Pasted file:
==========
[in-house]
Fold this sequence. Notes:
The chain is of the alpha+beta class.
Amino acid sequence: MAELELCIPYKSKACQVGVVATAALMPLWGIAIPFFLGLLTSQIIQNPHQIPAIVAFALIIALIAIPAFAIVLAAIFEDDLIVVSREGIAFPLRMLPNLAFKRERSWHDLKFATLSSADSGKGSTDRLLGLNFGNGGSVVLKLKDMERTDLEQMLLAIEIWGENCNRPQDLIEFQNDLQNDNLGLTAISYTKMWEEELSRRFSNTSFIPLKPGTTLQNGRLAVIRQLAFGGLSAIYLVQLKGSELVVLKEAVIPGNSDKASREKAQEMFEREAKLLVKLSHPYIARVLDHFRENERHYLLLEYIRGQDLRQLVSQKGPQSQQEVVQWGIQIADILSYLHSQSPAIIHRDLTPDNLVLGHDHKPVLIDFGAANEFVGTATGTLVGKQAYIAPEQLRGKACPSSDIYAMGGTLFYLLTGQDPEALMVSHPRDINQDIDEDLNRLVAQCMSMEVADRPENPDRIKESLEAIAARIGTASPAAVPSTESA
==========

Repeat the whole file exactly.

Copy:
[in-house]
Fold this sequence. Notes:
The chain is of the alpha+beta class.
Amino acid sequence: MAELELCIPYKSKACQVGVVATAALMPLWGIAIPFFLGLLTSQIIQNPHQIPAIVAFALIIALIAIPAFAIVLAAIFEDDLIVVSREGIAFPLRMLPNLAFKRERSWHDLKFATLSSADSGKGSTDRLLGLNFGNGGSVVLKLKDMERTDLEQMLLAIEIWGENCNRPQDLIEFQNDLQNDNLGLTAISYTKMWEEELSRRFSNTSFIPLKPGTTLQNGRLAVIRQLAFGGLSAIYLVQLKGSELVVLKEAVIPGNSDKASREKAQEMFEREAKLLVKLSHPYIARVLDHFRENERHYLLLEYIRGQDLRQLVSQKGPQSQQEVVQWGIQIADILSYLHSQSPAIIHRDLTPDNLVLGHDHKPVLIDFGAANEFVGTATGTLVGKQAYIAPEQLRGKACPSSDIYAMGGTLFYLLTGQDPEALMVSHPRDINQDIDEDLNRLVAQCMSMEVADRPENPDRIKESLEAIAARIGTASPAAVPSTESA